PC

PlayStation 3

Tech

Wii

Xbox 360

Home » Articles, Previews

Wii 2 Everything you need to know about the Next Wii

 

We already know a sequel to the Wii is in the works – Nintendo ‘fessed up to that last Summer – but exactly what shape will it take?

We’re hoping that Nintendo will make some giant leaps with the new console, but enough of our hopes for Wii 2.

Join TechRadar in a grubby wade through the filthiest rumour sewers, as we predict which of the many tall tales about the next Wii are the most feasible.

Will the Wii 2 be just a minor revision – smaller, cheaper and no longer old-iPod white?

Nintendo certainly has a worrying tendency towards so-so updates, having released far too many revisions of the Gameboy and DS range that often only superficially alter their design. This time though, it’s very unlikely - Nintendo’s R&D spend climbed from $103m to a giddying $370m between 2006 and 2007, so there’s definitely something big in the pipeline.

> PlayStation 4 -Everything you need to know about Sony next system

Will the next Wii be high definition? And will it be called Wii HD?

This one’s basically a given. If Nintendo made one oversight with the Wii, it was to settle on standard definition without an HDMI output. Despite the console’s huge success, it still seems incredibly strange given the inevitability of HDTV take up. So, we’re 99.99 per cent confident the next Nintendo console will be HDMI-equipped, outputting at 720p. Given its recent trend towards modestly performing hardware and its audience’s clear contentment with fairly simplistic graphics, full 1080p rendering seems unlikely.

There were even reports from anonymous internal sources last September that the next console will be called simply the Wii HD, and will be roughly analogous to the jump from GameBoy to GameBoy Advance - in other words, the same essential setup, but with a little more poke in the graphical department. This also means there’s scope for both the Wii and the Wii HD to co-exist for a while, so those not fussed about better graphics won’t have to shell out another £200-odd. Look to the continued success of the PlayStation 2 even in the wake of the PlayStation 3 and Xbox 360 as proof that old and new can happily coexist.

Will Wii 2 have built-in storage?

Again, more than likely. The first Wii’s SD card support always felt rudimentary and tokenistic, not really designed to keep up with the explosion of downloadable games from the Wii Store - even if it was good for showing digital photos. Nintendo would be mad to throw out all the work done on the Store and the classic games hosted there to date, so some sort of internal drive to bolster its backwards compatibility prowess is almost a necessity. Quite possibly, it’ll be a small, low-power solid state drive rather than an energy-hungry, noisy hard drive – but that depends on the current sky-high price of SSDs coming down enough to be viable. Such a drive could even be built into the controllers to keep the core console cost and size down.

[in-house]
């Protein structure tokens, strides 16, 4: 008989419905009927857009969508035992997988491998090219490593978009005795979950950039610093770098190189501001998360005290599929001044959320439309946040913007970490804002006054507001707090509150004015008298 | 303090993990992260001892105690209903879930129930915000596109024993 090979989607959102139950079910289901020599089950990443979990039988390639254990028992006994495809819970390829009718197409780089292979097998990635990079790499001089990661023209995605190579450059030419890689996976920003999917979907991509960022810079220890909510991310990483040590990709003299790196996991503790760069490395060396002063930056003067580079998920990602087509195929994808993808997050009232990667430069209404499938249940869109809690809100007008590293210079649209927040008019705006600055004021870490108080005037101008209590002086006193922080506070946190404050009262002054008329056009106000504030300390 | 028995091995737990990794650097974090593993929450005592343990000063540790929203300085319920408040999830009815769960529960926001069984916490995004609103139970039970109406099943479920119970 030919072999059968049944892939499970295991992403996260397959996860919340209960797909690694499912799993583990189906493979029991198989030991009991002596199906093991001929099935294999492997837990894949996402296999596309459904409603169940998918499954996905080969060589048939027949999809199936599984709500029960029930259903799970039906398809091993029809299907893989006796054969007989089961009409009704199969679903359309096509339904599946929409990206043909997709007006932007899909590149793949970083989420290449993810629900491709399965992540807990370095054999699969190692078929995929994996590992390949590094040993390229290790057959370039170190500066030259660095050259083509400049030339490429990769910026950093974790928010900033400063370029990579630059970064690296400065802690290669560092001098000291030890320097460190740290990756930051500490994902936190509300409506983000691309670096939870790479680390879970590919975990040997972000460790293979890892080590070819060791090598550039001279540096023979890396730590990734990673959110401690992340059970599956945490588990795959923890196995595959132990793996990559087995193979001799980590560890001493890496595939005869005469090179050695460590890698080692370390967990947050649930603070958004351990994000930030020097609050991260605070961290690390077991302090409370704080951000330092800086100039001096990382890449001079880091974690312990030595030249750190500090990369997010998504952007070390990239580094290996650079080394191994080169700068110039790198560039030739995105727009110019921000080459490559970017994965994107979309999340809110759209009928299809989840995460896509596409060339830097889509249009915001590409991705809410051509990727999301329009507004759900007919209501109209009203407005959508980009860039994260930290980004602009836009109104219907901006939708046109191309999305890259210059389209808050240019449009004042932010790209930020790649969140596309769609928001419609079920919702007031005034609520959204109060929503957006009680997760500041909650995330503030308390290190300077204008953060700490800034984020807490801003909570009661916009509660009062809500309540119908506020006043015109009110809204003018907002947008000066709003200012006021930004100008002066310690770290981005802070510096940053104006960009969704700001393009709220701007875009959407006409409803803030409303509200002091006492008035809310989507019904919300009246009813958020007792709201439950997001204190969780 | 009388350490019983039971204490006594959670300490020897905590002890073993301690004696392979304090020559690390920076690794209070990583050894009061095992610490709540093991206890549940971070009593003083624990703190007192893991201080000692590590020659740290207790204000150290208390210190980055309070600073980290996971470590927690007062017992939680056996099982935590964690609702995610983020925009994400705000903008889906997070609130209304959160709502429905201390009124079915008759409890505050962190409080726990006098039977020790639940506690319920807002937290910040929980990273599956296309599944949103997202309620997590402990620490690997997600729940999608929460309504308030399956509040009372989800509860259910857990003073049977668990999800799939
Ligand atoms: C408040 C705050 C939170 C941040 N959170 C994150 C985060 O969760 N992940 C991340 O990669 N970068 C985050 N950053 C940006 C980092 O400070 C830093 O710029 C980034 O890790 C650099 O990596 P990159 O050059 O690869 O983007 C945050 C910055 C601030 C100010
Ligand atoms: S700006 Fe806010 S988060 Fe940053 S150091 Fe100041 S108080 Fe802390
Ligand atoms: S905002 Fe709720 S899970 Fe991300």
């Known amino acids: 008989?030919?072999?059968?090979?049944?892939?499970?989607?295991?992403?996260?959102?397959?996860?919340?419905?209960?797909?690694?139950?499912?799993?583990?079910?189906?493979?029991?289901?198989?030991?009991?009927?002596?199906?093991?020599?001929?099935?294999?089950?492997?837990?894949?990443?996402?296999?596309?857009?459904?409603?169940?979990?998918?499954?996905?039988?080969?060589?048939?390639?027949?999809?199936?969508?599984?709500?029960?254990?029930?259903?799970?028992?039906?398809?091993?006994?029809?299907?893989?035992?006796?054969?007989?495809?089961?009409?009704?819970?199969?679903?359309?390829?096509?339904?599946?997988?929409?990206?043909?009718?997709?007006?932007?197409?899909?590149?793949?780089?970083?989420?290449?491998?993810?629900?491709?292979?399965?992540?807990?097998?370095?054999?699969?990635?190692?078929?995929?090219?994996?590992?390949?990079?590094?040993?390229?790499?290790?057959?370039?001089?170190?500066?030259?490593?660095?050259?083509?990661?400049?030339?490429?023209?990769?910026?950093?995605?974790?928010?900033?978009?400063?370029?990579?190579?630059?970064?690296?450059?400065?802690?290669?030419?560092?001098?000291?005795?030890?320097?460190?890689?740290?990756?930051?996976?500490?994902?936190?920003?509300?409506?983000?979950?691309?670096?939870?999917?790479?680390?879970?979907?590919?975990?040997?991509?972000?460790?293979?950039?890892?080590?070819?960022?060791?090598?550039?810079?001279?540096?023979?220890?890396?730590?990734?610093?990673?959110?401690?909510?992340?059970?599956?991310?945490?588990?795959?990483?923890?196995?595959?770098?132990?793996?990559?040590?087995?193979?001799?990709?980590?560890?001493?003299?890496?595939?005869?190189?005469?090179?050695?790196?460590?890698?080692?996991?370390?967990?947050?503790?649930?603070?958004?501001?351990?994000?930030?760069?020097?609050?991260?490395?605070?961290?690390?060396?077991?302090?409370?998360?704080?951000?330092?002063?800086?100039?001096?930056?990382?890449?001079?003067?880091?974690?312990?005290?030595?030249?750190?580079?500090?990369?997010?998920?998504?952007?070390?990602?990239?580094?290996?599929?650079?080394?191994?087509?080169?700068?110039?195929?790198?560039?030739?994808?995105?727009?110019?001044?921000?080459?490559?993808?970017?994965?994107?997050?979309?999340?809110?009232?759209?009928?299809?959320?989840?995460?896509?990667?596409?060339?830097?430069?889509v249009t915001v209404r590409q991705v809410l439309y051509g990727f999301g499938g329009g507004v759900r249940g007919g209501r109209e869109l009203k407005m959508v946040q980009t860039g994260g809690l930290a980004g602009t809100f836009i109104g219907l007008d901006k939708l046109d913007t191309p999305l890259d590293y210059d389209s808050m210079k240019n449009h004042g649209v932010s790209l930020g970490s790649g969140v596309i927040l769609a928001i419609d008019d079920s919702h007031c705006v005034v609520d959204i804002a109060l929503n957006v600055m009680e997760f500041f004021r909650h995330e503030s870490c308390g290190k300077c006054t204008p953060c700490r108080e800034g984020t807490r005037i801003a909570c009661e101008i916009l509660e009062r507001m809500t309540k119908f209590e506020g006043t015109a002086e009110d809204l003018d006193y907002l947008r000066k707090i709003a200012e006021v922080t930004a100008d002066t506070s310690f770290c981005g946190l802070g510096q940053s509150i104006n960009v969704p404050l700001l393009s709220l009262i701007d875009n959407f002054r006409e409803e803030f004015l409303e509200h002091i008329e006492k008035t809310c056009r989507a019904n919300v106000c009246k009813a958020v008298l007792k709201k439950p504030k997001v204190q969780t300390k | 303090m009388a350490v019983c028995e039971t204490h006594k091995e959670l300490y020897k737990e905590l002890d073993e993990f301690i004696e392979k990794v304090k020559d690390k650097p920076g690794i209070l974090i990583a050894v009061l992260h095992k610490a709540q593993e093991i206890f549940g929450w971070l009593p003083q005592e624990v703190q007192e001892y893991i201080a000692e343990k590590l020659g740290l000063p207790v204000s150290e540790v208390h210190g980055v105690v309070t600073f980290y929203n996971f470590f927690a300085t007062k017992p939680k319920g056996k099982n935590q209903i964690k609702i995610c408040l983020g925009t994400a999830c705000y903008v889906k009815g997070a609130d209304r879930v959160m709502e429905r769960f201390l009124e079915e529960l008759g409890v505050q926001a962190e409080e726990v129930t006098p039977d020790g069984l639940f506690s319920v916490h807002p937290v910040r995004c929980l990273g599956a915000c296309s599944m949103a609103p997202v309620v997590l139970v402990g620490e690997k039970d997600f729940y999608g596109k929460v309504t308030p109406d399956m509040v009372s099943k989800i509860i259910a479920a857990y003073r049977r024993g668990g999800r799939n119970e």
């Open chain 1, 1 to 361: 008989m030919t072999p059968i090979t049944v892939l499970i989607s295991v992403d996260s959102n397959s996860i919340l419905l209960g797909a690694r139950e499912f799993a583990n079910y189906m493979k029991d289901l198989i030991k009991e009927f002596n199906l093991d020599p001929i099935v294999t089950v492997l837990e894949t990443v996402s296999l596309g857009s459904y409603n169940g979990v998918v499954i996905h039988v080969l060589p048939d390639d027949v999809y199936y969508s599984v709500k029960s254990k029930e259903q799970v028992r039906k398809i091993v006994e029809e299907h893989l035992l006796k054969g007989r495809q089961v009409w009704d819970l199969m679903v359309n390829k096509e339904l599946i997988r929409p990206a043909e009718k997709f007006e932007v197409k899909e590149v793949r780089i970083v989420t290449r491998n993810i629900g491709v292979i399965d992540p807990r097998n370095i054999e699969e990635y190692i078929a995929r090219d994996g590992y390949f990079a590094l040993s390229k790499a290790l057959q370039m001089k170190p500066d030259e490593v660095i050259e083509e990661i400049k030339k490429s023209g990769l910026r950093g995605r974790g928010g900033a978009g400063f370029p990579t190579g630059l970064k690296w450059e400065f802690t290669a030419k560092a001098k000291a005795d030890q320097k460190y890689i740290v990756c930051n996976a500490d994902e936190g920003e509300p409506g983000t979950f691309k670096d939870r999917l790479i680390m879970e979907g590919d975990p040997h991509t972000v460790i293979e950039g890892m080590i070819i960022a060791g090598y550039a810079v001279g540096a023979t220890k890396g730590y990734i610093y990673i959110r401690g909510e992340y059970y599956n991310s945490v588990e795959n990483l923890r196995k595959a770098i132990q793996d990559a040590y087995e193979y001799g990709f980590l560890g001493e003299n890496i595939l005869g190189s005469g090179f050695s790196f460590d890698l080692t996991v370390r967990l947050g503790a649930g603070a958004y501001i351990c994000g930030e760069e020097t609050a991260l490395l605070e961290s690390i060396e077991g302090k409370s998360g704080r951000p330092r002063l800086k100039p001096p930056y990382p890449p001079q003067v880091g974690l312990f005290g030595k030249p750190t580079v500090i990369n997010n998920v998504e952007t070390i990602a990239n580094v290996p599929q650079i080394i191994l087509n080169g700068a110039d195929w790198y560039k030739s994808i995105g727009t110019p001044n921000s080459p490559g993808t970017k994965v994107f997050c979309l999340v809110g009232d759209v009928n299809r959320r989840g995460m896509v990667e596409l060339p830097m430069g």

Will it support original Wii games?

Another good bet – having just won a whole new audience, all those casual gamers everyone else is now desperate to capture the hearts of, to the total tune of some 95 million, one thing Nintendo won’t want to do is scare them off. Knowing all their old Wii games will work just fine sweetens the upgrade deal. On the other hand, an optical disc drive is fairly chunky piece of kit – if Nintendo had the stones to move to download-only games, it could potentially make a much sleeker, cheaper console.

The Wii 2 “won’t have a controller at all”

That was Intel Chief Technology Officer Justin Rattner’s guess about a future-Wii back in 2007 – “You just set up the cameras around the room and wave your hand like you’re playing tennis.” It sounds a little pie in the sky, but it’s worth restating that key to the Wii’s success is that it’s operated by natural gestures. Expanding on that concept, and requiring nothing more than your own body, thus makes a whole lot of sense. Plus, both Sony and Microsoft have already realised webcam-controlled games for their consoles – the essential tech’s been around for years now.

Other crazy controller theories for a next-gen Wii controller have involved special gloves, motion-tracking body suits or even a head-mounted gadget that responds to facial twitches and brainwave monitoring. This latter is something a few companies have experimented with as a PC game controller – notably OCZ’s Neural Impulse Actuator – so the technology does exist already. Could Nintendo refine it into something mass production-friendly as they did with the WiiMote’s motion sensors?

via [tech radar]